Consequently, going out with mechanics was frowned at, and management would sanction me and tell me that workers would refrain from respecting me and obeying my orders….  I was not even permitted to teach the “mechanics specialists” the contents of the repair and maintenance manuals originating from the manufacturer:  Only the engineers and plant manager were to be the knowledgeable persons in the camp.

You had these mechanics who sincerely wanted to learn how to do their job right; they wanted to buy the proper tools and how they work, once they open their own shops back home. Mechanics wanted knowledge and I translated to them from English in inaccurate Arabic terms, but they knew what I was conveying in knowledge.  Management hated what I was doing and scorned me.

For example, one night, robbers killed four Nigerian guards in our camp.  I never received any information whether management visited the bereaved families in the small village or if they paid compensation.  I was glad that I was repatriated shortly after this gruesome attack.

In Lebanon, I worked on a civil project constructing a hotel.  There were no safety guidelines at the workplace.  The Indonesian and Indian workers slept in the large open basement, and nobody was in charge of checking on the habitat or their well-being.  The workers favorite pass-time was catching rats to fry them as delicacy.

A UN report stated that Chinese minorities in South-East Asia, white people in South Africa, and Lebanese in western Africa benefited most from the wealth generated by globalization and open markets in developing countries, particularly in tandem with multinational companies.  

The African leaders who opted to cajole the ethnic majority ended up harassing, robbing, and pressuring Lebanese entrepreneurs out of the country, like in Sierra Leone and Liberia.

For example, the Lebanese in Ivory Coast are in big trouble.  It rumored that President Gbagbo, who hates to step down, even if his country goes in flame, (as is the case of Qadhafi of Libya and Abdullah Saleh in Yemen), favors the Lebanese entrepreneurs.  Nothing wrong with that, unless… There are strong rumors, supported by evidence, that Israel is rekindling the wrath against the Lebanese in Ivory Coast and Africa in general.  This is normal:  The Zionist apartheid State has this habit of transferring people and filling the void… 

Lebanese entrepreneurs, in Lebanon proper, produce to export.  The Lebanese citizens never enjoyed any quality products manufactured or produced in Lebanon:  They are all exported and merchants import third grade products, change the labels, and poison our citizens.  Good fresh fruits are immediately exported in waiting six and eight-wheelers to Arab countries, such as Saudi Arabia, Kuwait, and Jordan…The citizens have to contend with the spoiled and smaller categories of fruits…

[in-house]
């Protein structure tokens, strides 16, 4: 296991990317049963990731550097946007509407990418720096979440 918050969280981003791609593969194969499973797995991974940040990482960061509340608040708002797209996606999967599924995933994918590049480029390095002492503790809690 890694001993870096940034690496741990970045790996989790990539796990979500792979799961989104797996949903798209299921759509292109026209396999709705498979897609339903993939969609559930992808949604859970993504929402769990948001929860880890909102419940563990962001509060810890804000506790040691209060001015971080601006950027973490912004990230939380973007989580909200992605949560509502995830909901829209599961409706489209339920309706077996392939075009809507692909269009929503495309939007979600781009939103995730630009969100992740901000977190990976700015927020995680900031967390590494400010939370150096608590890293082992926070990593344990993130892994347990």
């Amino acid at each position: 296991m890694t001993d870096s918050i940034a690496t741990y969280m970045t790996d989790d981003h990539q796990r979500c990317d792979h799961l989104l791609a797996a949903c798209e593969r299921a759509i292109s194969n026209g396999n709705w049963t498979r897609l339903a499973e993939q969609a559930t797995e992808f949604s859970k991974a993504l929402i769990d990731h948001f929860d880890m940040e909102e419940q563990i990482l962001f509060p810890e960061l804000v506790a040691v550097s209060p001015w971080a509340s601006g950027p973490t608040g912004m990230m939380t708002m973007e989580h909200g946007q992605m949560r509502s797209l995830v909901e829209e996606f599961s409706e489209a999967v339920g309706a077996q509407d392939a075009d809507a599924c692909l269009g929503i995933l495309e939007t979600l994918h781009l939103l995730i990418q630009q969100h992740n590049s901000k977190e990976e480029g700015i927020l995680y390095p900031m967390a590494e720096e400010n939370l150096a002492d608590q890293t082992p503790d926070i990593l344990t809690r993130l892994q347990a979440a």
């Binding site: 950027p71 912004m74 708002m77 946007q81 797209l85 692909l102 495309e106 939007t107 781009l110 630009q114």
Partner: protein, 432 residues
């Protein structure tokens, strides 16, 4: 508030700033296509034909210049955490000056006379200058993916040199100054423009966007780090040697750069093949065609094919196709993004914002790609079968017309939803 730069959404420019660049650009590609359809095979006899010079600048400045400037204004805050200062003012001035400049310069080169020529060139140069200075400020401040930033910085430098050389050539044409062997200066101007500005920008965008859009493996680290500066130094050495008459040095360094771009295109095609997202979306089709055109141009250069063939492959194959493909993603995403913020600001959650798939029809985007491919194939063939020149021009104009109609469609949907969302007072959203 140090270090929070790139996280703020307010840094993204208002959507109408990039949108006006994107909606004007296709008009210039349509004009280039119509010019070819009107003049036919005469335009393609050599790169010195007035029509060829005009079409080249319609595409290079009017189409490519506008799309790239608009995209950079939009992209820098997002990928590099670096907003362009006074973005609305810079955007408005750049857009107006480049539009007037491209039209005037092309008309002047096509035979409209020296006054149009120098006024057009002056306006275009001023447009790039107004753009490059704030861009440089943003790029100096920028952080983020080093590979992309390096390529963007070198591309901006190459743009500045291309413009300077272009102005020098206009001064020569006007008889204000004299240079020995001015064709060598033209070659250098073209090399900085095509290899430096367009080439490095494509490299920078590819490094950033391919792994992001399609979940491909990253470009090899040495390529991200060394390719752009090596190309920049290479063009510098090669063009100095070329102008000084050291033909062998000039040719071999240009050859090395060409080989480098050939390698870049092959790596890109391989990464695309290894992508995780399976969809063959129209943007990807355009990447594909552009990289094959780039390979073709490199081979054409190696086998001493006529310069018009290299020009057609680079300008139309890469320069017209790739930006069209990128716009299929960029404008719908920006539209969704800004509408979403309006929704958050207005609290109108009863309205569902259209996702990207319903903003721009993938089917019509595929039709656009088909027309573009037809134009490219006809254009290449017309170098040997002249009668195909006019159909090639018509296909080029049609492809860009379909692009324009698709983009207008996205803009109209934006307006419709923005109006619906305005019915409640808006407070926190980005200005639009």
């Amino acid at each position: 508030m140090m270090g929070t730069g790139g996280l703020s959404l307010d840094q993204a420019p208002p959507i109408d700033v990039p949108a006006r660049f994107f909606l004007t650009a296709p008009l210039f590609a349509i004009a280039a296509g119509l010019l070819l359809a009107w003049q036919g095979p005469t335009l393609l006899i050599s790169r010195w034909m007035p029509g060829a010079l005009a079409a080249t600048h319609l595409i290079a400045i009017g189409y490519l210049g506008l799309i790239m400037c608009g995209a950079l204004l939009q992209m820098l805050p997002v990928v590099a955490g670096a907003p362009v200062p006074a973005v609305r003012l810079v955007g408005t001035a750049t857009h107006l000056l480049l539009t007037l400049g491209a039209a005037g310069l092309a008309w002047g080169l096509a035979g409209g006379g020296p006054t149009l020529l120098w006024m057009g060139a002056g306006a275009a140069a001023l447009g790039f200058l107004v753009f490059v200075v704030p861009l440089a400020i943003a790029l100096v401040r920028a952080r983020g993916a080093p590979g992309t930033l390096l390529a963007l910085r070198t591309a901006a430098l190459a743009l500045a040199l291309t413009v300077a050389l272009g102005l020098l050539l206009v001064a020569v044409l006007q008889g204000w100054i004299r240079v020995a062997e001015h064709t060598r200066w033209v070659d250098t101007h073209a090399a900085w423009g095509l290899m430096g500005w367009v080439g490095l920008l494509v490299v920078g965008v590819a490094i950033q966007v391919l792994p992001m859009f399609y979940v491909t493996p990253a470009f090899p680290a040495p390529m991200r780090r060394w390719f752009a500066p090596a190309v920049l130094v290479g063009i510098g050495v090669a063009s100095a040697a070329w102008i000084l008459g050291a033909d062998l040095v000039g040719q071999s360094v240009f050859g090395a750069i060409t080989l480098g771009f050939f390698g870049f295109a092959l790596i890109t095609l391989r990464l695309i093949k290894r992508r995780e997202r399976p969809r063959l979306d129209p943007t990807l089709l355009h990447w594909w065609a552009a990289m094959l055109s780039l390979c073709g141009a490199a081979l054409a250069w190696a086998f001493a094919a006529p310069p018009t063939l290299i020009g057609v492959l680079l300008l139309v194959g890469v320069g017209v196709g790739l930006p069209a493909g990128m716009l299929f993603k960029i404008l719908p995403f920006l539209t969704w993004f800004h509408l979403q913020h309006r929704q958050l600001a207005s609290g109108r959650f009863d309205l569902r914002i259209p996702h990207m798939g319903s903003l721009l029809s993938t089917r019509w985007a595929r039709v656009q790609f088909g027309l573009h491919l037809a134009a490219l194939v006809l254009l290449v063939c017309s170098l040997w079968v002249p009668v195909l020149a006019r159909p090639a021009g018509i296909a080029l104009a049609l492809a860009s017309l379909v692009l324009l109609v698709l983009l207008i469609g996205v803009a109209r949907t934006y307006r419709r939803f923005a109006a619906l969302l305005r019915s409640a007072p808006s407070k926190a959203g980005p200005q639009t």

Lebanon produced four times its need of olive oil:  They are all exported and the citizens have to consume the third grade leftover olive oil and imported poisoned olive oil…And you have this minister of industry encouraging the citizens to buy Lebanese manufactured products; where are those products?

Lebanon has a couple of pharmaceutical “factories”, producing asperine… For a couple of months, the citizens enjoyed low-cost asperine-type of products.  Asperine vanished from local market:  The entire stocks were exported to Saudi Arabia and the Lebanese had to contend with expensive imported asperine that are no different than what we produced.

Syria manufactures 70% of its pharmaceutical needs and it is the government that import the expensive medicines at bargain prices.  The Lebanese have no governments:  They have to deal with the multitude of infamy and indignities on their own. Who is the clever Lebanese Entrepreneur?  Clever my ass!

Lebanon is still standing because the immigrants are sending money to their families back home.  The immigrants who made it, have this habit of build fancy palaces in Lebanon, which stay empty, and return to where they are making money.  Barely they overstay longer than two weeks:  The picocks have more important things to do with their lives. 

The Christian immigrants never contemplate to return and stay in Lebanon:  They didn’t study and abuse of their families’ money in order to returning the favors in their parent’s old age.  Let bygone be bygone.  From far away, they never miss an opportunity to cursing Lebanon and the Lebanese stupid mentality.

We have this youth movement demanding to change the political sectarian and feudal system.  What we need is a strong central government to crack down on these rascals of Lebanese entrepreneurs at home:  The scums of entrepreneurs are the backbone of our degraded political and social structure and the one encouraging discrimination and medieval mentalities.  What can you do if our political stucture is designed not to have a State?

You might say that it is the bourgeoisie that changed old systems:  Correct.   Are you insinuating that our entrepreneurs have anything to do with reforming Lebanon or caring one iota about Lebanon and its people?  Changes are badly needed, it is urgent for our survival as citizens, who only benefited from a lousy passport and Lebanese currencies, bound to this lousy dollars, which is covered by nothing of value!

I may write a more detailed follow up article on the twin people, Lebanese and Syrians.

Note:  Further information on Mount Lebanon https://adonis49.wordpress.com/2008/11/26/types-of-history-stories-mount-lebanon-case-study/